He told me he loved me the other night.

Actually, his exact words were: “I think I might love you. If that’s alright with you.” As though I was going to say it wasn’t alright. As though there was a chance that if I said it wasn’t alright, he would be able to somehow un-love me. As though I wasn’t going to say it back. None of these, of course, were very likely to occur.

I came home that night in a bit of a schoolgirl stupor, with his words swirling around in my mind.  It wasn’t entirely unexpected, of course. We’ve been together going on eight months. To the untrained eye, this little statement probably seems overdue. But I know what this means, coming from him. I know how hurt he has been in the past, how cautious he has been with his feelings. I know the weight those words carry if he’s saying them. It feels really overdue and way too soon at the same time.

What I didn’t really expect was the pressure those words suddenly put on me. Not pressure to say it back; I had felt that way for quite a while and just didn’t know when the appropriate time was to say it. So, no, not that. The pressure put on me is regarding the future.

About a week ago, we were driving through the countryside, talking about the university where we met, where I’m still employed part-time. I had made some comment about how I hoped I wasn’t still there next academic year (aka that I’m in a PhD program by that point), to which he responded that maybe it would be worth staying around if I could get a lectureship and work full-time with benefits. I didn’t think much about why he was saying this at the time, but with my new information, I now recognize the hidden message in that suggestion: Don’t leave me.

He would never ask me to stay outright. At least, I don’t think he would. But the implication is still there. My mother, on the other hand, isn’t too shy to speak her mind. “Maybe you should reconsider applying this year,” she said to me yesterday. “I’d hate for you to go through the trouble of applying, get into a school, and then not want to go.”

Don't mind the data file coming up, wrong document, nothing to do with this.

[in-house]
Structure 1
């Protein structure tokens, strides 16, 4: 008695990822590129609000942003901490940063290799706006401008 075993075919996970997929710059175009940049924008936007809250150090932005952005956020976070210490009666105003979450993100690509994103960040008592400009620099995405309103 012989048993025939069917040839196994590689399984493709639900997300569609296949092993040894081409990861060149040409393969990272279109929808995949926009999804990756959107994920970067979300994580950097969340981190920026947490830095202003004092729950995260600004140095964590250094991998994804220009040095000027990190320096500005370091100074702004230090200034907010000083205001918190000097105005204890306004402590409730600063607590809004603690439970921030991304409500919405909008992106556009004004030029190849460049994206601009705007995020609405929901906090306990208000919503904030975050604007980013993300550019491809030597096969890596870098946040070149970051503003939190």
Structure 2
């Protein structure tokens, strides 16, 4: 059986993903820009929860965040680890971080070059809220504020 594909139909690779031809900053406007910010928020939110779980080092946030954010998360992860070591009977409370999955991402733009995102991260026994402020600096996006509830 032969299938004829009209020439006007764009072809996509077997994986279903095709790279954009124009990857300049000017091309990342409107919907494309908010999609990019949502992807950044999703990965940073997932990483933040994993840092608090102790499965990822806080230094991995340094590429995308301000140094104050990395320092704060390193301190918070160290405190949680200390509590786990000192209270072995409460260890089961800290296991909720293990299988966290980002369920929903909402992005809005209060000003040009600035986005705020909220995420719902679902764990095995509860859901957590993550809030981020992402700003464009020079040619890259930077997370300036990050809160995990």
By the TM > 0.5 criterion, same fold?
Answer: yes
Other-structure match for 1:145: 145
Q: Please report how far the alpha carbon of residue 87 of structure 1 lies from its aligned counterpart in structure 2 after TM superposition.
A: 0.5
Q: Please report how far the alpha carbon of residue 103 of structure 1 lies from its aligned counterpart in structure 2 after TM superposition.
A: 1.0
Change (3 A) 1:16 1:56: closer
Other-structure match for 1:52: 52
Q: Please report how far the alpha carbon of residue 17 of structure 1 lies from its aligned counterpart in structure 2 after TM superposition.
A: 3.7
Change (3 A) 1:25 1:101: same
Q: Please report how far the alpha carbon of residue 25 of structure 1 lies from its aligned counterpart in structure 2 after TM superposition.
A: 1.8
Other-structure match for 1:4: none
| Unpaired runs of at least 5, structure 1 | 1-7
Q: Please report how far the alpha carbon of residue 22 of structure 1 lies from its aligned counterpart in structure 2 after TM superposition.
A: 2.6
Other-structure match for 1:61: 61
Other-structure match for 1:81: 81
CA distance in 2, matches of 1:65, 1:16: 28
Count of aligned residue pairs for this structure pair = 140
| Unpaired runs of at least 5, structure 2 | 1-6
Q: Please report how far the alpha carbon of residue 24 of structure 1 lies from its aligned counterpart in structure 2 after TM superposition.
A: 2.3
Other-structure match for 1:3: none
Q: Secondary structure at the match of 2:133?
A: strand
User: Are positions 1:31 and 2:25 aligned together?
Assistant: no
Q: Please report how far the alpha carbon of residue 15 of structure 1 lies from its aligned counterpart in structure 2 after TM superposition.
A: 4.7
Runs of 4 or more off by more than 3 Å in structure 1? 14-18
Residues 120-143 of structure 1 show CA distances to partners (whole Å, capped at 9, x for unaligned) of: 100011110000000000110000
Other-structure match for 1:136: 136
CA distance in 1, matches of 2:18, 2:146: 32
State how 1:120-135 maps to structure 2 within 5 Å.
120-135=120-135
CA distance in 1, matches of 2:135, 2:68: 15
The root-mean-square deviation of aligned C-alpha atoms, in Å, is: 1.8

When I asked her why on earth I would not want to go if  I was accepted into a program, she started talking about him. What if he got a really good, full-time job here? What if I could get a full-time job here too? What if things continued to get more serious between us? Four or five years is a really long time to live apart. Plus, once he got some experience, he could follow me when I went to school later down the road.

I told her that I couldn’t believe she, of all people, was suggesting that I put my career plans on hold for a man. She responded that she wasn’t saying I should put it aside for him (even though she pretty much was), but that a lot could change in the next year, and who knows where I’ll want to go with my life.

A lot can definitely change in a year.  A year from now, we could decide to get married and live in our hometown for the rest of our lives. In a year, we could be broken up and no longer speaking. If I apply to schools, there’s no guarantee I’d even get in. If I don’t apply to schools, a full-time position may never come up. To risk not applying to PhD programs over a relationship that may not last and a job that may not exist is a risk I’m not really willing to take. That’s too much pressure on a relatively new relationship. That’s too much pressure to put on one girl.

So, in my downtime, I’m mentally oscillating between potential futures, trying to decipher how the hell I’m going to figure this all out.


Adventures in Adjunct Life: Week One